I try not to mix my work and personal blogging, but I recently wrote a post for work that seems to be resonating with a much wider audience than I originally anticipated. For this reason, I am cross-posting the beginning here, with a link to the full article at the end. I encourage you to share your responses to this piece where it is originally posted, or here if you feel more comfortable.
The Loaded Tattoo
Today on Truth, Praise & Help, Renee Ghert-Zand expressed her displeasure at two Israeli men who decided to honor their Holocaust survivor matriarch with a tattoo of her Auschwitz number on their forearms. She, like many Jews, has trouble with tattoos and finds Holocaust remembrance tattoos particularly offensive. While I am also a little uncomfortable with the idea of remembering a survivor by their Nazi-given number, I am not opposed to the idea of remembrance tattoos–even ones on the forearm. As a grandchild of survivors who has seriously thought about getting a remembrance tattoo, I would like to offer a different point of view.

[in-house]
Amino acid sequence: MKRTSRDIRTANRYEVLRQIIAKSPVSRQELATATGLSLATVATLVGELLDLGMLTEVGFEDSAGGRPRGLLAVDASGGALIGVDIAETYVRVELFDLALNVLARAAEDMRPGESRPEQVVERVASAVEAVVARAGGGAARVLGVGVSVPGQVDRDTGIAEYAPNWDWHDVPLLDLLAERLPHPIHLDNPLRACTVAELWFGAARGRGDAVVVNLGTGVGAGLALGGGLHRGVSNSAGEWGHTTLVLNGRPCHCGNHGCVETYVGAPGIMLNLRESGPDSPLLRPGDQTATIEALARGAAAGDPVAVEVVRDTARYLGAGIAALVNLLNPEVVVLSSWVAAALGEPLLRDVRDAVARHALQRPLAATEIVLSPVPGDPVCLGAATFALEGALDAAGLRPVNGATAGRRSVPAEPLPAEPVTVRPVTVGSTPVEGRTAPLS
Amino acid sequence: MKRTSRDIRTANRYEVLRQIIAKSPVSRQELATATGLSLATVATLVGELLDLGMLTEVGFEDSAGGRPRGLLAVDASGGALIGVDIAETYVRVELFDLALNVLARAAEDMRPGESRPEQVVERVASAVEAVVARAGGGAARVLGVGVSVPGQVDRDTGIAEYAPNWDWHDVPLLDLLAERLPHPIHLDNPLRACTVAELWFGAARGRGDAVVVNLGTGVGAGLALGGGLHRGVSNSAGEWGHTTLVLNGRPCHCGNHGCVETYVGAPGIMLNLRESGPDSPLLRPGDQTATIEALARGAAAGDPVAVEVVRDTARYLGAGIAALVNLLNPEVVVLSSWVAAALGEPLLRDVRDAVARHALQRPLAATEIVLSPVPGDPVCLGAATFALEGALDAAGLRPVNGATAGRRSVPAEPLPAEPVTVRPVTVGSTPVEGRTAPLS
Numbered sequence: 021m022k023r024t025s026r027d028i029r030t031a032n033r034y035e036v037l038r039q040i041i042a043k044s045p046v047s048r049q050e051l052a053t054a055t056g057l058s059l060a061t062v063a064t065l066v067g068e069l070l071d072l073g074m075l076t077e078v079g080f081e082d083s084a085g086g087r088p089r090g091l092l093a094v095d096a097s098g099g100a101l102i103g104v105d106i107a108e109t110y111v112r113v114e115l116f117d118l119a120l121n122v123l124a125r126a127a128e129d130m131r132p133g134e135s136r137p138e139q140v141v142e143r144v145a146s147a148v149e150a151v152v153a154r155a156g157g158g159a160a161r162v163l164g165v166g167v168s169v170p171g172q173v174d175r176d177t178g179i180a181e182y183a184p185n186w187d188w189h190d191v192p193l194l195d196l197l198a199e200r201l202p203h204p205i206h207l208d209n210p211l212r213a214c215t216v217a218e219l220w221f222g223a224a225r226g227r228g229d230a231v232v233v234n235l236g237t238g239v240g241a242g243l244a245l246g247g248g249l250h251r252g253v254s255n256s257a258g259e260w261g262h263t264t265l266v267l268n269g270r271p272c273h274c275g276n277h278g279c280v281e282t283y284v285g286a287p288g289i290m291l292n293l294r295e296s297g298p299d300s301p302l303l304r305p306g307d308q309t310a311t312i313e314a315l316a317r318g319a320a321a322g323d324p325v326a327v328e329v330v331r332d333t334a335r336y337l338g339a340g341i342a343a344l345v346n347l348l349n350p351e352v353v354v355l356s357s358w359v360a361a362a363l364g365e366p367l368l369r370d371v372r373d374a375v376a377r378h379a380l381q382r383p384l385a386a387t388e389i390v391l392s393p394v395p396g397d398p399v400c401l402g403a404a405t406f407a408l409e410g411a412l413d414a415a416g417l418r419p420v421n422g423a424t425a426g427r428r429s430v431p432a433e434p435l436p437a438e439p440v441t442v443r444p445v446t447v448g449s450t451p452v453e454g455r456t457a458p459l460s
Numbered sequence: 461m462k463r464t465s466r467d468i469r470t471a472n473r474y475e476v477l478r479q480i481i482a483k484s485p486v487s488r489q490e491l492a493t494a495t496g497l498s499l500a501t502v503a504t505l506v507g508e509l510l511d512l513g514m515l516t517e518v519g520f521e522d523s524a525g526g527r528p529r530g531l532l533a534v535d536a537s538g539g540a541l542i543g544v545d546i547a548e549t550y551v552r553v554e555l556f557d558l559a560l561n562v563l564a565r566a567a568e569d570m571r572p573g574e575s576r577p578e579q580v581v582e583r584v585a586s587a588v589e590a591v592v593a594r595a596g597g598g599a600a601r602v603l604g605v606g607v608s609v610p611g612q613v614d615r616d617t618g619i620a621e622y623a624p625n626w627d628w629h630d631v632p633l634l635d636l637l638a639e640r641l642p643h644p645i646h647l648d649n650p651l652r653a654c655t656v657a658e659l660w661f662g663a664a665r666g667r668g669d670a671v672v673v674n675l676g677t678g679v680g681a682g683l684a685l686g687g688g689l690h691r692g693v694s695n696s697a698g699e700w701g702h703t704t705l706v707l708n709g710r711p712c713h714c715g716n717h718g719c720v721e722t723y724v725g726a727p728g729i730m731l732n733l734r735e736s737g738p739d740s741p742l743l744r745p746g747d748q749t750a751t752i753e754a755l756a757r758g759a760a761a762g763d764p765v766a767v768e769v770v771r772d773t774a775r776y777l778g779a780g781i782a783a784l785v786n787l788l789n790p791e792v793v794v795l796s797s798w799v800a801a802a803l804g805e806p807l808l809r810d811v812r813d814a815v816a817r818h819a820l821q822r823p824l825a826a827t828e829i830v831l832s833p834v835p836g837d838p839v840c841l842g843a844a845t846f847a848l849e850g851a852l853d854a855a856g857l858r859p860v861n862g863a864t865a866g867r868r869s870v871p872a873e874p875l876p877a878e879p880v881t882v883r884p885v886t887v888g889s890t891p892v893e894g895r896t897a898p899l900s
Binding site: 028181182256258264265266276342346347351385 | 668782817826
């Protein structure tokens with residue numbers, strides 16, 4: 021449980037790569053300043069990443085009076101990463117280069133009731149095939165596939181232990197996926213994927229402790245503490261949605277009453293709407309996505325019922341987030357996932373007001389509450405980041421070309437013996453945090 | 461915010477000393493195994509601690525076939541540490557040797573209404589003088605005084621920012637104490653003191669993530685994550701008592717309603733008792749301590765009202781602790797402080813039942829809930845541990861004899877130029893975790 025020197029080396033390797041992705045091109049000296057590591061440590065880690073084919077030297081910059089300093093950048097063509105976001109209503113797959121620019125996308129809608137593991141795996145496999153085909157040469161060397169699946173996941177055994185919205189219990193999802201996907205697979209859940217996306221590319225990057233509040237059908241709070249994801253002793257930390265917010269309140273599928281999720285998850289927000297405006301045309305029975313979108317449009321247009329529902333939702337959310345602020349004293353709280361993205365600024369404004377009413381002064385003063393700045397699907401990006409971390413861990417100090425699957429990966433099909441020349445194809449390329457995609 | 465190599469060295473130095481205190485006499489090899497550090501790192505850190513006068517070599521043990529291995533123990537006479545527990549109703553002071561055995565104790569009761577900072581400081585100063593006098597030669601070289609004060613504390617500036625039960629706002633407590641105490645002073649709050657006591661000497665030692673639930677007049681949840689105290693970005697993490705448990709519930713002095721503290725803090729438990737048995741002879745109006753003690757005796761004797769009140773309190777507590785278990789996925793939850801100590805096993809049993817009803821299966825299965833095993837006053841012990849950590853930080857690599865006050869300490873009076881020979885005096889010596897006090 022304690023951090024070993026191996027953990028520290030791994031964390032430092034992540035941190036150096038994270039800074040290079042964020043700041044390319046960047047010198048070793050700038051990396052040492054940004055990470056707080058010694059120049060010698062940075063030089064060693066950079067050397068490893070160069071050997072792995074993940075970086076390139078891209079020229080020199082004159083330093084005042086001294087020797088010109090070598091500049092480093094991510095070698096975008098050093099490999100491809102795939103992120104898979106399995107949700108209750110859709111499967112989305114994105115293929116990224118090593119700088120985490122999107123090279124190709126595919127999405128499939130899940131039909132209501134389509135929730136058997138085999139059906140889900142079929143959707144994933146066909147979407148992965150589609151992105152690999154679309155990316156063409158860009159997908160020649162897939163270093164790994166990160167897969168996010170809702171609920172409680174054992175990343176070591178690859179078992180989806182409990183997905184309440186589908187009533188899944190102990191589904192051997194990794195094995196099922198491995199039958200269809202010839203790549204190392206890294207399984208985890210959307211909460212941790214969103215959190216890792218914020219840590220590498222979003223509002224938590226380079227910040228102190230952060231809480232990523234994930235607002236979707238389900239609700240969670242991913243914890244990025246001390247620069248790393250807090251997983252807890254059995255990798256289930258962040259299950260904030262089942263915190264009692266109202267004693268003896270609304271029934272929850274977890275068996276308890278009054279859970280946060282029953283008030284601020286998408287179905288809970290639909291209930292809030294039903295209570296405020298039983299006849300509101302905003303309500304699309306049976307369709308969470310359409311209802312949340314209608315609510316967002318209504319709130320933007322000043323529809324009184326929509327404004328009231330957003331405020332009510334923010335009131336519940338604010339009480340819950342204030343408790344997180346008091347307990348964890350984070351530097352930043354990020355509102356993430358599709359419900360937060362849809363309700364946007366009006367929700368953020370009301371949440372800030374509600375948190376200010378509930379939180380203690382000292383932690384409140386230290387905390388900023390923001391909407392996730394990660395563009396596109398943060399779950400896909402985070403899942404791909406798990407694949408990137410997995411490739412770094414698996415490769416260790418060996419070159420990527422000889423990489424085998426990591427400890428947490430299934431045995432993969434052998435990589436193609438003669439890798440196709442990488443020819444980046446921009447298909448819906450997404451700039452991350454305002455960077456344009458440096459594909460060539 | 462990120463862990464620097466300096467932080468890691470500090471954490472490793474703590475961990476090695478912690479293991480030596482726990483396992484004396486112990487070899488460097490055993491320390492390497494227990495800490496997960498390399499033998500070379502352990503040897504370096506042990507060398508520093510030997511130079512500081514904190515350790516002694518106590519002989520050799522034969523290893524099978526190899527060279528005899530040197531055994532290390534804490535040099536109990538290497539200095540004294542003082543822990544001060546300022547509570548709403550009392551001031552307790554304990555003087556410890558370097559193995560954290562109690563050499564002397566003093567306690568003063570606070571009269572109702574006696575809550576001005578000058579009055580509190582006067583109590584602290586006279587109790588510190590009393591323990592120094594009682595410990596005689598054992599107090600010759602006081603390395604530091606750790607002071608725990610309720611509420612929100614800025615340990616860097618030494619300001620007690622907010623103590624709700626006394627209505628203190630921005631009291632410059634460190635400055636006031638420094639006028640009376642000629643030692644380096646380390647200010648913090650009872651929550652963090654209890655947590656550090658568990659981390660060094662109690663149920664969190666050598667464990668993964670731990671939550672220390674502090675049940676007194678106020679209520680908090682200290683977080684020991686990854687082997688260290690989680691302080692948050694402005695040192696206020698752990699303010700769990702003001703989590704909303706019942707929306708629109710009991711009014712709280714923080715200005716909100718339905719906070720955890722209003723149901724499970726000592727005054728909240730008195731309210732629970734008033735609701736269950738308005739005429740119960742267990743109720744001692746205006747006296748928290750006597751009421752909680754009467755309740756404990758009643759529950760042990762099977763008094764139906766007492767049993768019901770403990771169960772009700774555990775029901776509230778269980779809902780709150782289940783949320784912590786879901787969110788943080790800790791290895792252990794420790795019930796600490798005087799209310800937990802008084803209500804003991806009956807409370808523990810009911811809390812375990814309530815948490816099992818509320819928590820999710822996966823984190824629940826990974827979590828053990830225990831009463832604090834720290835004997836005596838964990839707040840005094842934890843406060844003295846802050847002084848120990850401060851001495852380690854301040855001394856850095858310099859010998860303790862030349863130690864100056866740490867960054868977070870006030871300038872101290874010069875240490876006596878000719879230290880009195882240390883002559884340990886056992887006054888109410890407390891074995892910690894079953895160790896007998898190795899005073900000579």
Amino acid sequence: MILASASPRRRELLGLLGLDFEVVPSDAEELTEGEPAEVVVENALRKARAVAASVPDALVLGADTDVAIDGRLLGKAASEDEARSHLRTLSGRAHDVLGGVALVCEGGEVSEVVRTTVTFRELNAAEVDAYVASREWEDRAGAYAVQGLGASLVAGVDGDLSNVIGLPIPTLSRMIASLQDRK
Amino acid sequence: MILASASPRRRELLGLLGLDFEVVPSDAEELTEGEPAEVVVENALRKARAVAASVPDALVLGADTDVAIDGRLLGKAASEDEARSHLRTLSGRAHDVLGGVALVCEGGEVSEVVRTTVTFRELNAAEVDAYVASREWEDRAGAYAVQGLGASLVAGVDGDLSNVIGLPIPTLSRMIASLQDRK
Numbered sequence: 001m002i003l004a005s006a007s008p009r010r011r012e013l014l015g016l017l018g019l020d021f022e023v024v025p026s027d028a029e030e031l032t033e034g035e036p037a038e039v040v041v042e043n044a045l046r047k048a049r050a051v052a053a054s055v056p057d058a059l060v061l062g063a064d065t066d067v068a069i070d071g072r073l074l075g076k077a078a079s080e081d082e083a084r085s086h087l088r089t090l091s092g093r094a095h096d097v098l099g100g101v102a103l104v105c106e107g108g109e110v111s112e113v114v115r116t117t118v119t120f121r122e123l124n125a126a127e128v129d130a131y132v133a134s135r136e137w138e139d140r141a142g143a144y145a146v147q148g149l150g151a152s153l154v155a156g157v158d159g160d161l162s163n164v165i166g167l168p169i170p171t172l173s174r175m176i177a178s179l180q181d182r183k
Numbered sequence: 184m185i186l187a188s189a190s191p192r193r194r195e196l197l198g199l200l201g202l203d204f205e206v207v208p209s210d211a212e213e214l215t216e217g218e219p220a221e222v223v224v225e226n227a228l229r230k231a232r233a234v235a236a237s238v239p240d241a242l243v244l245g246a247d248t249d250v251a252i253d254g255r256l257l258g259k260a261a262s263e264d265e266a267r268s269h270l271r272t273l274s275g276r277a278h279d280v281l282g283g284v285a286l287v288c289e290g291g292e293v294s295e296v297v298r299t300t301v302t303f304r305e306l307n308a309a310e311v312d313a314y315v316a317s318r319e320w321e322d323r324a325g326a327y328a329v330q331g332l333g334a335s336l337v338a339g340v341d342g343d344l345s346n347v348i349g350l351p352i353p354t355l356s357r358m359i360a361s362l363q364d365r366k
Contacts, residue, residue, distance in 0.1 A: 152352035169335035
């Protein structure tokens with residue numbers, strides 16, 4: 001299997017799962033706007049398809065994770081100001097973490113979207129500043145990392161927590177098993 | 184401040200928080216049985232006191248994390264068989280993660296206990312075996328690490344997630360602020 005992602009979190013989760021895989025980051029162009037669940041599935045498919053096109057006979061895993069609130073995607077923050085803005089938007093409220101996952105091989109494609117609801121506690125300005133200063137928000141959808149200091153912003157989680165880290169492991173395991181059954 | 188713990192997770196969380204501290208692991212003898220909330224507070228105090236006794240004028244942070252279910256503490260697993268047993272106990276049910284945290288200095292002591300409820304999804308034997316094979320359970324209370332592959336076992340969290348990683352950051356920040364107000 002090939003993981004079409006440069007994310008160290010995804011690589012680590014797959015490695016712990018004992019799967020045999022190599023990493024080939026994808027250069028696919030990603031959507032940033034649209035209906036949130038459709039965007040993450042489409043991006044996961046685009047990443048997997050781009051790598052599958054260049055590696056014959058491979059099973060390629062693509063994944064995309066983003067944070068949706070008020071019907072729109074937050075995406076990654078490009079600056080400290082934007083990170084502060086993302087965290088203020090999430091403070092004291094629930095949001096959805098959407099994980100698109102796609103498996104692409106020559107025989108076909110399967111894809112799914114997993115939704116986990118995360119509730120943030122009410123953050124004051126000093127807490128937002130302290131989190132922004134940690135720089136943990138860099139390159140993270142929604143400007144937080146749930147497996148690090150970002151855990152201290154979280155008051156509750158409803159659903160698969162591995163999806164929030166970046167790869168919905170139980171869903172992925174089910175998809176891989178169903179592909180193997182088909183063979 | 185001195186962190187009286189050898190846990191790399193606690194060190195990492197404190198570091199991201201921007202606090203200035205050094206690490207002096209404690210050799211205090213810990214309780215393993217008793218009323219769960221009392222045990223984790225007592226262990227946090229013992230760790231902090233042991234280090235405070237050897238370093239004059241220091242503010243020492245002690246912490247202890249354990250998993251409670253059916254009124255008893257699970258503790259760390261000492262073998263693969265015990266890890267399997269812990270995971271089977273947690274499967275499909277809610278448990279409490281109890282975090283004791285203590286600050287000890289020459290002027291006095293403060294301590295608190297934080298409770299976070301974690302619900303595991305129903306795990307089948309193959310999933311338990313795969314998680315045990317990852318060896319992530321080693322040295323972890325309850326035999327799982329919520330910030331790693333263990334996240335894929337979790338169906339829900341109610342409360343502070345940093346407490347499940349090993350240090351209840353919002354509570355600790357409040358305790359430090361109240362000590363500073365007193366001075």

I have always wanted a tattoo, but I never saw the point of butterflies or shooting stars; I wanted something meaningful. And since this tattoo would be permanent, it would have to represent a part of my identity that would never change. The only thing that ever “felt right” was my Jewish identity, which to a large extent is based on being the grandchild of Holocaust survivors. While I would not get my grandparents’ numbers tattooed on my arm like the Israeli men profiled (I would not want to remember them by the number the Nazis gave them) I have considered getting the Hebrew word for “Remember” or perhaps “Love” tattooed on my forearm.
I was not the first person to have this idea. Holocaust remembrance tattoos are not new, but they are always controversial in the Jewish community, especially since tattoos are somewhat taboo according to Jewish law. At the same time, tattoos are experiencing a revival among young Jews, and are perhaps becoming integrated into our generational identity and culture. But could or should I go under the needle myself?